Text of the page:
“It’s important to note that the number of reported voter fraud cases can provide a misleading picture of election security, and that’s because election laws vary from state to state, and even from election to election. States have enacted more than 3,500 election laws since 2010. These laws change who can vote, how they can vote, and how voter fraud is identified and prosecuted. So higher fraud rates might not reflect increased election vulnerability, but increased voter confusion, a closer scrutiny of voting systems, or more aggressive prosecution. Efforts to quantify election security should account for these changes. So, for example, in a recent study we found that when fair comparisons between states and elections were made, voting by mail was actually associated with lower rates of reported fraud.” (Posted November 2, 2022 | Download Video)

Jonathan Auerbach, Ph.D.
Assistant professor of statistics, George Mason University

Natalie Scala, Ph.D.

“My research paper developed a relative likelihood assessment for risks to mail voting. So all that means is we compare the different risks or things that could go wrong and see, among that list, which ones were the threats of most concern. This paper has been peer-reviewed and published in the Risk Analysis journal, which is a top-tier journal in its field. And what we also found in the research is that the quick scale-up of mail voting that we saw during 2020 actually did not make the process less secure. It did not introduce more issues with the process.” (Posted November 2, 2022 | Download Video)

Natalie Scala, Ph.D.
Associate professor of business analytics and technology management, Towson University

Dan Wallach, Ph.D.

“It’s very difficult to quantify voter fraud, because, by definition, it’s something that’s illegal and often hidden. So what we can do is try to say that certain elections had unusual or unexpected outcomes. Say, well, the pre-election polling suggested a certain point margin, and the actual outcome was quite different from that. But sometimes voters change their minds. Sometimes polls are inaccurate. So saying that an election outcome doesn’t agree with pre-election polls is not in and of itself evidence of fraud.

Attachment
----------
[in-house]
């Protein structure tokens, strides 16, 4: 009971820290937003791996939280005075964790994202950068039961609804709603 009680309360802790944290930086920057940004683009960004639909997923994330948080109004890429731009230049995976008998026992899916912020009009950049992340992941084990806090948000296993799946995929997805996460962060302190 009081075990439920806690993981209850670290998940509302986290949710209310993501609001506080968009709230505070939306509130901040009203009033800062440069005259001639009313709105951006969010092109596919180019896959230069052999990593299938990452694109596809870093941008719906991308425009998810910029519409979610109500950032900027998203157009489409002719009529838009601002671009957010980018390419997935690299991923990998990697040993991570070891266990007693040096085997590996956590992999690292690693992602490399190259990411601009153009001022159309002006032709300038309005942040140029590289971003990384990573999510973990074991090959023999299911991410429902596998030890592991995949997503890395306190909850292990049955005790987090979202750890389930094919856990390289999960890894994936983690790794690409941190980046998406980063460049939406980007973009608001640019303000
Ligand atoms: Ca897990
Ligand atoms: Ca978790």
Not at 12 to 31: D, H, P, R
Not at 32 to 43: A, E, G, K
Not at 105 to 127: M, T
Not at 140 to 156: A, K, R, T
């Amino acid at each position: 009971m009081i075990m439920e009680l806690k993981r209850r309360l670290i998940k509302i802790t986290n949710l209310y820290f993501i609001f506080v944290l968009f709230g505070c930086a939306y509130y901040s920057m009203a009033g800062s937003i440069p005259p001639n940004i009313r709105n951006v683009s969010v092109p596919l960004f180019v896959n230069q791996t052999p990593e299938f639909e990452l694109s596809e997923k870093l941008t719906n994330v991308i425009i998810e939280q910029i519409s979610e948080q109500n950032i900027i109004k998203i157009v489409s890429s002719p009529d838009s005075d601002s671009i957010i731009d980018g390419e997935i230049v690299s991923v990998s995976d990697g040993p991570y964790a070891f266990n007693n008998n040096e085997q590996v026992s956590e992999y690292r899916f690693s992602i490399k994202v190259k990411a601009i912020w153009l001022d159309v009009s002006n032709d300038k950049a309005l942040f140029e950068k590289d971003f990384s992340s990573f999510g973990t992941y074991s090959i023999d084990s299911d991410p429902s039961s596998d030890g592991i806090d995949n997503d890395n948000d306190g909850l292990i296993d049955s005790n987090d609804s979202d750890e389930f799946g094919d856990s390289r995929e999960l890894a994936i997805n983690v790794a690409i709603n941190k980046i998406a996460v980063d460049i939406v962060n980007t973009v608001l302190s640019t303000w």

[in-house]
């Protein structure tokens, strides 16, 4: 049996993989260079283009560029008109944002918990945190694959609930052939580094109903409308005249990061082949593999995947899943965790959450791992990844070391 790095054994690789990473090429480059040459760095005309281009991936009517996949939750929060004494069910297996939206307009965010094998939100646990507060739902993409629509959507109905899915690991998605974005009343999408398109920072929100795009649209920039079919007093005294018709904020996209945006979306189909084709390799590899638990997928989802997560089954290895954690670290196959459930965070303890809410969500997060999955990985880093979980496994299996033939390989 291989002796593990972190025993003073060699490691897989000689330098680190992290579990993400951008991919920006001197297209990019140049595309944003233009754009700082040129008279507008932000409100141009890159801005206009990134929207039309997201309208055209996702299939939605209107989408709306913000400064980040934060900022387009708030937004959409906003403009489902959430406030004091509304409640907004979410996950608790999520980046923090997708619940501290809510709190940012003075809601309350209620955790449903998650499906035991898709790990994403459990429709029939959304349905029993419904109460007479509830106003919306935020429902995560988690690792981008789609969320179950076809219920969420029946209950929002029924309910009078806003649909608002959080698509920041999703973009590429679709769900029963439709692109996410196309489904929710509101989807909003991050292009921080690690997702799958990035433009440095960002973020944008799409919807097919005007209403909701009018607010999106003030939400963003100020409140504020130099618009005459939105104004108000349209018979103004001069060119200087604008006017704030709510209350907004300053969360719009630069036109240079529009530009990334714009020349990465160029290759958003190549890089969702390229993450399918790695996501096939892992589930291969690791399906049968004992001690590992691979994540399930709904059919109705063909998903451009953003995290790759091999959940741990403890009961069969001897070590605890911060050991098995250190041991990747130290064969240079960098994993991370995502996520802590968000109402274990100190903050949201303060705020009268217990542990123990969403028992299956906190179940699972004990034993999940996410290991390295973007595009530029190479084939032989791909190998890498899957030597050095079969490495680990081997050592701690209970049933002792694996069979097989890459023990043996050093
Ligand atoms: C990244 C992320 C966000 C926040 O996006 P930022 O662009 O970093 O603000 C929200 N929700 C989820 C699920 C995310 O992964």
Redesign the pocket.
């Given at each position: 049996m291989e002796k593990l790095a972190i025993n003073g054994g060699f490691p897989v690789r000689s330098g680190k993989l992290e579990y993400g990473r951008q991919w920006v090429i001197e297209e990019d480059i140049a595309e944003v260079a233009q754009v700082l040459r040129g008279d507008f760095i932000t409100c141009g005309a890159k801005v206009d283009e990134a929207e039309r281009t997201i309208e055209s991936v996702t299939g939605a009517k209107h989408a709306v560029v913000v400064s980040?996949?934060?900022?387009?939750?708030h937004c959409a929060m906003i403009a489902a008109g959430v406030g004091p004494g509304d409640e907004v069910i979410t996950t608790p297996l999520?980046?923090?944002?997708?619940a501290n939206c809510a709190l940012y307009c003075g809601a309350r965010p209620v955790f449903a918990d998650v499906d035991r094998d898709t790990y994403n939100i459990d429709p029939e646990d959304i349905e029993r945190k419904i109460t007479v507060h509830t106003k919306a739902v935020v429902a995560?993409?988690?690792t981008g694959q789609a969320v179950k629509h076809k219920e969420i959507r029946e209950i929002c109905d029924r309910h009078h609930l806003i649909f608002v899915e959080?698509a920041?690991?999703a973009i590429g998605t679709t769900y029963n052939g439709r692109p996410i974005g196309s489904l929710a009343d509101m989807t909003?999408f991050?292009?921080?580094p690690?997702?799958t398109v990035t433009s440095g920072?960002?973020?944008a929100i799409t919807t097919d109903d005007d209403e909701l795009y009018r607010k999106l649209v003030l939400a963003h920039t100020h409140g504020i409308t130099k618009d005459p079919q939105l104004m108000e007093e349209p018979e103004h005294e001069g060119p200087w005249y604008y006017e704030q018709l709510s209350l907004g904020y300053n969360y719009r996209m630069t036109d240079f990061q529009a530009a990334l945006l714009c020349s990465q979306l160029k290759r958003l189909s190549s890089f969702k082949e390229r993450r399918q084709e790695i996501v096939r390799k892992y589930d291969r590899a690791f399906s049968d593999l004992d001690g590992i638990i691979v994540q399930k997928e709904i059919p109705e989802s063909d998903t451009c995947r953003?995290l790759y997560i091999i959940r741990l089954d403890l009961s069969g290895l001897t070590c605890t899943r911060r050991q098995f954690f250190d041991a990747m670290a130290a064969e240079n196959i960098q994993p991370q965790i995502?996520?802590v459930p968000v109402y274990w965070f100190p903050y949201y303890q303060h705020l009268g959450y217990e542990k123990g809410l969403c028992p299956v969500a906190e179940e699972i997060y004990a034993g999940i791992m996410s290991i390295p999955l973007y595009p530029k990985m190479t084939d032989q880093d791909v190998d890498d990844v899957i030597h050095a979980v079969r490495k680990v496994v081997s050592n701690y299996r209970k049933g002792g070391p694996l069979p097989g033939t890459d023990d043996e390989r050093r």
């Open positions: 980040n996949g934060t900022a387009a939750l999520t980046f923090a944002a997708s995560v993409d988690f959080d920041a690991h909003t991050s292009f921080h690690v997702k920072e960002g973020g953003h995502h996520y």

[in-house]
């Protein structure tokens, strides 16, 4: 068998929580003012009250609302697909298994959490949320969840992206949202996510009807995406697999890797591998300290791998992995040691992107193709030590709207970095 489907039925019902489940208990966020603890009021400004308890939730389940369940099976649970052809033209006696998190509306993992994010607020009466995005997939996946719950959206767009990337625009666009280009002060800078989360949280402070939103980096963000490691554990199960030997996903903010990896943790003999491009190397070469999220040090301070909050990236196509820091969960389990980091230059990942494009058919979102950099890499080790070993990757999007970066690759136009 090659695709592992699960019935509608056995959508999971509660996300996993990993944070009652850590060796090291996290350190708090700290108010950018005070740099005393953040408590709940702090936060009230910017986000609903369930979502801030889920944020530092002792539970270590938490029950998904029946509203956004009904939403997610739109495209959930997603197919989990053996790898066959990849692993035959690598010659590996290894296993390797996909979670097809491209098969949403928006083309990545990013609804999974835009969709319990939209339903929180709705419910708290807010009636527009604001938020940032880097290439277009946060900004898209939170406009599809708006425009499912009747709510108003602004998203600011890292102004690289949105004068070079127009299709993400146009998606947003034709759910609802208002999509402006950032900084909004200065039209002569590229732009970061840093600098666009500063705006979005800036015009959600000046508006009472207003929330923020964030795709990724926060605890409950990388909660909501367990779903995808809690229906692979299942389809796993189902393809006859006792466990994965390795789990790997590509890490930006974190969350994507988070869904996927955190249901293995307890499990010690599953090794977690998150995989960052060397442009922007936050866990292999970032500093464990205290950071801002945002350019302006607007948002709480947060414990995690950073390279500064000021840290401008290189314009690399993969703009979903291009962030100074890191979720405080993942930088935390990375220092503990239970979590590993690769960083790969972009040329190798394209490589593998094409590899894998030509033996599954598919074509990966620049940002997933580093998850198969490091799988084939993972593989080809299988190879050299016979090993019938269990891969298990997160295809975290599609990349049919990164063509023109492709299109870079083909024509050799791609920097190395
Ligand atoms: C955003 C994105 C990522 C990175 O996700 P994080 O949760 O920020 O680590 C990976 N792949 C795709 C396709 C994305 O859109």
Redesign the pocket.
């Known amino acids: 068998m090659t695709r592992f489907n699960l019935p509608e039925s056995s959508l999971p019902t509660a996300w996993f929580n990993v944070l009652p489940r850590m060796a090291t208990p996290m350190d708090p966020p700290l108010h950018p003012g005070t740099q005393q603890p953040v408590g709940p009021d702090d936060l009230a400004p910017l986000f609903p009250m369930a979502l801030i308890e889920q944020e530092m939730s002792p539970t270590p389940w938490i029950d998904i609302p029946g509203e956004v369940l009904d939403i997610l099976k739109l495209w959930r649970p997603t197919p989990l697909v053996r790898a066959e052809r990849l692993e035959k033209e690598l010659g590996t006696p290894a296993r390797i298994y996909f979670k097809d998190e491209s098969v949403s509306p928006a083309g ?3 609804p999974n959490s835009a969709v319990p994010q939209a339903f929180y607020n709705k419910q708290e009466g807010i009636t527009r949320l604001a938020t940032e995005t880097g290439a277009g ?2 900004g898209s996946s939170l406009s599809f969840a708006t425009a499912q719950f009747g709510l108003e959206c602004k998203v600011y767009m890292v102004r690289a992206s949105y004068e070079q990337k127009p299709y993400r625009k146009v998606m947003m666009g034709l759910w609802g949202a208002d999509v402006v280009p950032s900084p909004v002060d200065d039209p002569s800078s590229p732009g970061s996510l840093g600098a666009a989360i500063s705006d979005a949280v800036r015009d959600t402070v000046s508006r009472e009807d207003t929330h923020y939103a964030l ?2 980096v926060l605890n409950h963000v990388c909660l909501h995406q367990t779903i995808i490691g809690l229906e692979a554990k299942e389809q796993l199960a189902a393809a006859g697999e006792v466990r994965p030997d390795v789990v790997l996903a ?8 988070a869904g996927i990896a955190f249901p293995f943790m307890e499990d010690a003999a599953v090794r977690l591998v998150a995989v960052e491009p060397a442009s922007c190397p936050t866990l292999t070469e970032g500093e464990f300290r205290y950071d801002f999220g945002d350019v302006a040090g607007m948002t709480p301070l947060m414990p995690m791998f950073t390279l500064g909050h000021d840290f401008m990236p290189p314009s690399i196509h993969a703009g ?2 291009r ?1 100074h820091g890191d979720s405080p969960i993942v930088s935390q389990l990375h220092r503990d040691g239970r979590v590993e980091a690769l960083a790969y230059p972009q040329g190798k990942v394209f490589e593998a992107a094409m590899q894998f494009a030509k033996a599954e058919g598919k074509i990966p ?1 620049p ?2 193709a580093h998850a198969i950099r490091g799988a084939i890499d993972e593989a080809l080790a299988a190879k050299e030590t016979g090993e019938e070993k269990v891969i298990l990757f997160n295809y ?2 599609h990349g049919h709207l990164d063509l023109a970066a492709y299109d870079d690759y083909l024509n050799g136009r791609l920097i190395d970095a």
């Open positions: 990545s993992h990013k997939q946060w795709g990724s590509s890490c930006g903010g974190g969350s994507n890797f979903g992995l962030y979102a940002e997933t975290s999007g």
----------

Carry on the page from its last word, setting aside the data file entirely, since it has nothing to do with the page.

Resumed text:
“There are certain very specific things, like sometimes when people substitute completely fraudulent numbers for election totals. They’re not very good at making those numbers look as random as they should be. So there are statistical tests that some people have used to try to look for evidence of not-very-random random numbers. In one case there was a political science professor, Walter Mebane, he’s at the University of Michigan now. He was able to find this sort of fraud in Russian elections. And once he published his paper, the Russians rejiggered their numbers to make sure that they all looked better.” (Posted November 2, 2022 | Download Video)

Dan Wallach, Ph.D.
Professor of computer science, Rice University

Are different types of voting systems more or less susceptible to fraud?


Jonathan Auerbach, Ph.D.

“Voting systems should not be judged solely on their susceptibility to fraud. By that standard the safest election is the one in which no one votes. A blind fixation on voter fraud leads to policies that unduly suppress voter participation. Which is of course another election crime. The ideal voting system balances election security and accessibility.

“All voting systems can improve security and accessibility by enacting election laws that are simple and easily communicated. Education campaigns should make it clear who can vote and how to legally obtain and cast a ballot.” (Posted November 2, 2022 | Download Video)

Jonathan Auerbach, Ph.D.
Assistant professor of statistics, George Mason University

Natalie Scala, Ph.D.

“Our research is data-driven, and it shows that mail voting is not susceptible to fraud. In fact, mail voting increases voter access, and it disincentivizes an adversary or a foreign actor from interference in the process. So this is two big wins for democracy. More people voting and less foreign issues. Many states have moved to paper-trail voting systems for in-person voting, and these are strong mitigations for potential voting issues. Paper ballots create hard records of the vote, while the scanners count it. And then if there are any questions when it’s time to audit the votes or review the votes, a paper ballot is used.